Whither Moral Education?

By Taggart, Andrew | The World and I, November 2011 | Go to article overview

Whither Moral Education?


Taggart, Andrew, The World and I


Even the most cursory glance at the first-person columns published regularly at The Chronicle of Higher Education--those sentimental epistolary novels about the ups and downs and ins and outs of academics working in higher education--will make plain how very little erudition teaches one about the art of living.

To be sure, there is something eerily reminiscent of Facebook about this genre of writing: the tedious recording of the minutiae of everyday life, the minor pangs of frustration of those on the job market, the smallish victories of those already on the tenure track, and, above all, the niggling adjustments made in order to satisfy the whims of overly demanding students and brooding colleagues. Most, it seems, allow their lives to be governed by endless vacillations between hope and fear, measured optimism and probable disappointment. Meanwhile, the less fortunate few remain mired in once quiet despair now given voice through pseudonymous confession.

What, then, explains the disparity between scholars' expertise in a particular area of research and their naivete regarding how to live? It is reported of the Presocratic philosopher Thales that a servant girl calmly said to him, "How can you expect to know about all the heavens, Thales, when you cannot even see what is just beneath your feet?"

The trope of the self-absorbed thinker so engrossed in the subject matter before him--be it quarks or quasars--that he has no clue how things fare in the world was as common to the Greeks as it is to us. Theory is one thing, this line of thought seems to go, practice quite another. This is more or less the criticism Aristotle levels against the Platonists who erroneously argued that having metaphysical insight into the nature of things was necessary and sufficient for being both a virtuous person and a good legislator. In the opening pages of the "Nicomachean Ethics," Aristotle minces no words, stating that the chief aim of normative ethics is to teach us how to be virtuous and not simply to tell us what virtue is. After all, having theoretical knowledge of swimming alone will hardly improve your breast stroke.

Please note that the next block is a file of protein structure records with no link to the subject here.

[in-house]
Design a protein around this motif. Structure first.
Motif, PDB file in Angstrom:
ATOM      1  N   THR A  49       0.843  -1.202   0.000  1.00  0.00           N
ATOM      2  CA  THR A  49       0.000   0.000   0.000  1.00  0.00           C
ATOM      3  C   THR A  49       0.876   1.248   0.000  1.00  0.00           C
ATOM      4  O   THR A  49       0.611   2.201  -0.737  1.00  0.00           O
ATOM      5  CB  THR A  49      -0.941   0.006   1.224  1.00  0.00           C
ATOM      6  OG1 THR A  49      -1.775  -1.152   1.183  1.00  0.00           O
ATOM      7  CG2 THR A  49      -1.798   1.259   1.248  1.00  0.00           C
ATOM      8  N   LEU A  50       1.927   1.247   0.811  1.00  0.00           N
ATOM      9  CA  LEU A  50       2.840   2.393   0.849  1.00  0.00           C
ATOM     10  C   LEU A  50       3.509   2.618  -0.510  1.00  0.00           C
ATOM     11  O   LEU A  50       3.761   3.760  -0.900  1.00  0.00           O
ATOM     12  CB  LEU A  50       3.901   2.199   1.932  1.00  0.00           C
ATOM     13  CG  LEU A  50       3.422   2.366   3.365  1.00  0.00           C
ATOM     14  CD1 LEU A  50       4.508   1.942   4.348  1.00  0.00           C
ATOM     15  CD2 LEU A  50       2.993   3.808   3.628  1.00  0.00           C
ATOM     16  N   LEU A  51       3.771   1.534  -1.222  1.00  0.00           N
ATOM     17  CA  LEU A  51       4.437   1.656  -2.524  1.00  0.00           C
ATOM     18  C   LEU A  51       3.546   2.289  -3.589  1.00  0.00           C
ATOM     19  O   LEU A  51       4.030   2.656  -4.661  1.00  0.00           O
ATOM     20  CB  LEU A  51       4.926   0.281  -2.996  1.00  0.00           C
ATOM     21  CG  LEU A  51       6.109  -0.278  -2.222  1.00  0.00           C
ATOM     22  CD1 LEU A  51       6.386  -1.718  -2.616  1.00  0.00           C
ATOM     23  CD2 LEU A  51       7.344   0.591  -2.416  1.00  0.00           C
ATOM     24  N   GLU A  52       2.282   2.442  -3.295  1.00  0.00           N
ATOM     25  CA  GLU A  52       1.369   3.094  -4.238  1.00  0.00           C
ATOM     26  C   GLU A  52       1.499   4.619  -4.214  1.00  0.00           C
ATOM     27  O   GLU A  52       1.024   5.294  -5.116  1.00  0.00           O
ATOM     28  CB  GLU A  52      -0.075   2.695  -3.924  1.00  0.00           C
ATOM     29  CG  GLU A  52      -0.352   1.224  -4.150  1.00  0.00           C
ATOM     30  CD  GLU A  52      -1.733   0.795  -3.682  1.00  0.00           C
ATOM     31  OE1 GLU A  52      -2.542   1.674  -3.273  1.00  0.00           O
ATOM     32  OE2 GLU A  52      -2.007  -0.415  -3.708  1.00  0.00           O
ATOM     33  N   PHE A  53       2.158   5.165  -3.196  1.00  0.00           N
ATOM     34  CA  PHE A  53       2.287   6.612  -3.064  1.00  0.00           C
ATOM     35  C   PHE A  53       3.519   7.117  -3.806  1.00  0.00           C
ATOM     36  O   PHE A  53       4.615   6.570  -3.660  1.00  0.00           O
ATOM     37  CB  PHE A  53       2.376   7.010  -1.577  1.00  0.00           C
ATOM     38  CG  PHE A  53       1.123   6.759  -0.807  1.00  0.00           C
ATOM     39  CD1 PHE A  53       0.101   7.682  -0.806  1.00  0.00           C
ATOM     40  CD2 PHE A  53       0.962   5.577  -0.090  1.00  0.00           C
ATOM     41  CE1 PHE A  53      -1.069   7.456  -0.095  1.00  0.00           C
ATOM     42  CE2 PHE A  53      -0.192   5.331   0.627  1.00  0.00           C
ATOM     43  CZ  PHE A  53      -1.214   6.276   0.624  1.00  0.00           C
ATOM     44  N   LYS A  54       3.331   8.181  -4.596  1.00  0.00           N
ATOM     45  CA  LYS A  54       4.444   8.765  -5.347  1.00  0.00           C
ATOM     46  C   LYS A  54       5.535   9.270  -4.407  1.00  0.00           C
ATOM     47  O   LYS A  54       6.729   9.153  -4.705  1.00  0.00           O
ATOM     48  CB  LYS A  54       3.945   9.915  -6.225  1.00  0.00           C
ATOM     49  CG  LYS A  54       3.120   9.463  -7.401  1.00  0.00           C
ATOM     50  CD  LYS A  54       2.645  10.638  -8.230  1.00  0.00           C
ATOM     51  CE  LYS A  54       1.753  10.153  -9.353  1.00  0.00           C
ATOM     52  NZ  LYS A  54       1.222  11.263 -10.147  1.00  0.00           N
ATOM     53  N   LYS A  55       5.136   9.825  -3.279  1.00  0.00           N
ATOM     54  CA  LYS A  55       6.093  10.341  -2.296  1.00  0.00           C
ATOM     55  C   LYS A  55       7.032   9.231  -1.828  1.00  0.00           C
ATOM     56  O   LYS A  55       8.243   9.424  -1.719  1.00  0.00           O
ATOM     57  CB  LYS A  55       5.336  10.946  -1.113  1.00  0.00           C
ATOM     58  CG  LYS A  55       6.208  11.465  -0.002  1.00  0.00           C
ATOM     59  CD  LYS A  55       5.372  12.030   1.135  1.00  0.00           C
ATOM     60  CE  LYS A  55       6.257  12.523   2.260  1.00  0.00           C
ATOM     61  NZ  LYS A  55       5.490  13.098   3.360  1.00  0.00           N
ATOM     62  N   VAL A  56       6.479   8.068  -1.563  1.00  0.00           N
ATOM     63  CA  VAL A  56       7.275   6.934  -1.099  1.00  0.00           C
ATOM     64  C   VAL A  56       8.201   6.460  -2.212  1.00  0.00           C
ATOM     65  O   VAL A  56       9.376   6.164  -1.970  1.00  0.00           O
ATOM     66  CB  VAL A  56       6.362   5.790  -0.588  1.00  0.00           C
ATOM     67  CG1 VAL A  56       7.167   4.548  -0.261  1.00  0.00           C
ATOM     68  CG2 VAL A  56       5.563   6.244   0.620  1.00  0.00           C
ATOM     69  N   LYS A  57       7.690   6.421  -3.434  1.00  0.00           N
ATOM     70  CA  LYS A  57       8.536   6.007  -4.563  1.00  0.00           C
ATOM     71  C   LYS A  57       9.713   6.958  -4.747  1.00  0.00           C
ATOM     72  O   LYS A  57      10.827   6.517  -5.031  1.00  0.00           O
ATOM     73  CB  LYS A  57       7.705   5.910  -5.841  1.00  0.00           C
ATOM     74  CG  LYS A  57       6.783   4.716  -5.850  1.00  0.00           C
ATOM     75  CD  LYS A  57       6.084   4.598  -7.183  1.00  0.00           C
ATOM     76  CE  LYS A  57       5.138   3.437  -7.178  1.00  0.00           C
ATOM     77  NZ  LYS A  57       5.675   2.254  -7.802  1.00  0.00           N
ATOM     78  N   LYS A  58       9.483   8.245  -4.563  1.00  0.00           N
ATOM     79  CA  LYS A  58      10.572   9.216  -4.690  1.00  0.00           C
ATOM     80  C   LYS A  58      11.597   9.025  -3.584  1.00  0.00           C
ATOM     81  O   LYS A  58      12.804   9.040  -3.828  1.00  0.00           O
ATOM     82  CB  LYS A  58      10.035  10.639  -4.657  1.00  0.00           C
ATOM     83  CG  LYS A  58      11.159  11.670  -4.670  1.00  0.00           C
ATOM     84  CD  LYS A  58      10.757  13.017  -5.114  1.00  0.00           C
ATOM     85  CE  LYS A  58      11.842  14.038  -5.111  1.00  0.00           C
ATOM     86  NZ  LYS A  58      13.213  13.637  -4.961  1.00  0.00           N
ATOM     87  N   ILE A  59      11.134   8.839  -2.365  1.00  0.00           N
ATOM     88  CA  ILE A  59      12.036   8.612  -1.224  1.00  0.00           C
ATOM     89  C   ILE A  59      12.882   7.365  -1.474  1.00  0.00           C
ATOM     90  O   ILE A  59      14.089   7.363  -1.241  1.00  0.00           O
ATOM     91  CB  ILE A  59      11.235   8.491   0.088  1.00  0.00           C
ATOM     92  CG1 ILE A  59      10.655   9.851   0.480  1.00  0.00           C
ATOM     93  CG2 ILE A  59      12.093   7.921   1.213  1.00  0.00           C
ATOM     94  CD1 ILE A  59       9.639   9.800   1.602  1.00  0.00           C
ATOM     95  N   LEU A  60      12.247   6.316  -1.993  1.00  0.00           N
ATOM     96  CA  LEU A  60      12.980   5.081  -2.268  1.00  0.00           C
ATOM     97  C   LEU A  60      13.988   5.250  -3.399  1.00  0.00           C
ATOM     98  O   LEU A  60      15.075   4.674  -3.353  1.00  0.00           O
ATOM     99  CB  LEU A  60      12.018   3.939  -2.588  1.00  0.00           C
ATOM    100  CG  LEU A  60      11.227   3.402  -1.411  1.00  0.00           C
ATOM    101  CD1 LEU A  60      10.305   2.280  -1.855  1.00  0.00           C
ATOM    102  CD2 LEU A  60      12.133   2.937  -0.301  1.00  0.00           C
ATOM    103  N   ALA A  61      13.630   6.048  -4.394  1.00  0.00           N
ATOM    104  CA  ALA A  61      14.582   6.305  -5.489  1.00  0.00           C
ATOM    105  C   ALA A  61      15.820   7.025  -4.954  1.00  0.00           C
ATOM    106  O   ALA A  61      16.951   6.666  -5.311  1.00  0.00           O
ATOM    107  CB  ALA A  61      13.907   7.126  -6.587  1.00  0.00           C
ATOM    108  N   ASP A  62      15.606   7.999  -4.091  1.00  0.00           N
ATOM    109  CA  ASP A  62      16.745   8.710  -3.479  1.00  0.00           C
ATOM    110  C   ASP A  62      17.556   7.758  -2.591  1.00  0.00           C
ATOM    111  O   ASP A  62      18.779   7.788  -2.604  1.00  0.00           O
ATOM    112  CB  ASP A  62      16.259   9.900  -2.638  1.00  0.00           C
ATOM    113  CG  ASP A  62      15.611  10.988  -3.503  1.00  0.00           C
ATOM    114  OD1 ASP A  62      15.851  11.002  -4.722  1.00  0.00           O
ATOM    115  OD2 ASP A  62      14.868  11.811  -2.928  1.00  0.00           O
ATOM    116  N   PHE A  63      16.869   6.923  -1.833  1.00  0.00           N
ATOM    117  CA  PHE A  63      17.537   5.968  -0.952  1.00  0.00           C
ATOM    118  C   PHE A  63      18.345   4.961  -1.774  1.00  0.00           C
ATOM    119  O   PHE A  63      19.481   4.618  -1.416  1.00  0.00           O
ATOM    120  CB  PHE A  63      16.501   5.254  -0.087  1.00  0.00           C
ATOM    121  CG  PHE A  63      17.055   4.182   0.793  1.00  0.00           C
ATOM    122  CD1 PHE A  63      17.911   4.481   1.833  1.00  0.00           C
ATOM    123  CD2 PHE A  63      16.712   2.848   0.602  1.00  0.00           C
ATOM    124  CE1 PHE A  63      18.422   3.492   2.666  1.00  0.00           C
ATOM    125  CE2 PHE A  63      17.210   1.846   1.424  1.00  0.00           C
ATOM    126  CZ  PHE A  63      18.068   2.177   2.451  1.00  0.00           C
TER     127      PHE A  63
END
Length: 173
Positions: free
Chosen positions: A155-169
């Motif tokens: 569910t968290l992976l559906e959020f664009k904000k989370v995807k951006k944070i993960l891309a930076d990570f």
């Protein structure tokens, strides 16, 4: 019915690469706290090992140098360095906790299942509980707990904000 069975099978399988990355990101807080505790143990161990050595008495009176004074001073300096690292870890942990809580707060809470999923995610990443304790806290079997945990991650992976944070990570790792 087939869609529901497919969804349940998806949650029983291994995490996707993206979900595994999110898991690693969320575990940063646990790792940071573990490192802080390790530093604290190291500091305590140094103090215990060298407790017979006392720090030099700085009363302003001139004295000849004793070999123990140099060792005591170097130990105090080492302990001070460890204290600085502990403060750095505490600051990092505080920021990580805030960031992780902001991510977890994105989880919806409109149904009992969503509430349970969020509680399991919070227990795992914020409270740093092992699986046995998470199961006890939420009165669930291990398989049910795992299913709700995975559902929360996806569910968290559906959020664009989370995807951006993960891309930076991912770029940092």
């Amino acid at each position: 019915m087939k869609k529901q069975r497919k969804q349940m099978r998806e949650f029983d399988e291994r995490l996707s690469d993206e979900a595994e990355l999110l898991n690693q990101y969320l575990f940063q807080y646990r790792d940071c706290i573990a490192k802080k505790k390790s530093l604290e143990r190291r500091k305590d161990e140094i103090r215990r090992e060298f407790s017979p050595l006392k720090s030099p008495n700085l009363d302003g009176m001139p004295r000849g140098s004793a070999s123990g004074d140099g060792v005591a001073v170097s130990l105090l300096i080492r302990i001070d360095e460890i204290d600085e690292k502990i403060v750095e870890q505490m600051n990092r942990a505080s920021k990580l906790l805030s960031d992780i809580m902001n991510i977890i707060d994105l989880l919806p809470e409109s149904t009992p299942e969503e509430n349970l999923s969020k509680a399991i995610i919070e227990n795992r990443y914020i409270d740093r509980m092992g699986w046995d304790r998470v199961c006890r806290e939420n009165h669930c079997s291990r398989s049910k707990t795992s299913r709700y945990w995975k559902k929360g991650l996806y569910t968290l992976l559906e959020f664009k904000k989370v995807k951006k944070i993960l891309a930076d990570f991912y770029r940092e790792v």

Nevertheless, even assuming for the moment that theory and practice are cut at the joints in much the way that these jokes about beclouded metaphysicians seem to imply, such an explanation remains less than satisfactory since it does little to stifle our curiosity concerning why education should cultivate these sorts of persons and this sort of behavior in the first place. Why, in other words, does it seem perfectly natural for us to ask and to keep asking how it could be that so many academics, schooled at our finest institutions, could be no wiser than anyone else about the business of living?

Could the fact that educators have no wisdom to impart to us have something to do with the nature of American education itself and, by extension, society at large, or are we forced to conclude instead that human nature is simply inscrutable, fate merely inexorable?

On the gulf between learning and wisdom

The topic of moral education was one of Michel de Montaigne's hobby horses when he first sat down to write Book I of the "Essays" around 1580. Of the distinction between learning and wisdom, he insists that "Learned we may be with another man's learning," but "we can only be wise with wisdom of our own" (Montaigne, 1993, 155). He goes on to poke fun at his fellow Frenchmen who, he thinks, place too high a value on learning for its own sake:

"When someone passes by, try exclaiming, 'Oh, what a learned man!' Then, when another does, 'Oh, what a good man!' Our people will not fail to turn their gaze respectfully towards the first. There ought to be a third man crying, 'Oh, what blockheads!'" (ibid. 153)

That third man, of course, is Montaigne.

In such essays as "Du Pedantisme" (translated less stingingly as "On Schoolmasters' Learning") and "On Educating Children," what Montaigne finds fault with in medieval education is the rote learning that noblemen continued to be schooled in. …

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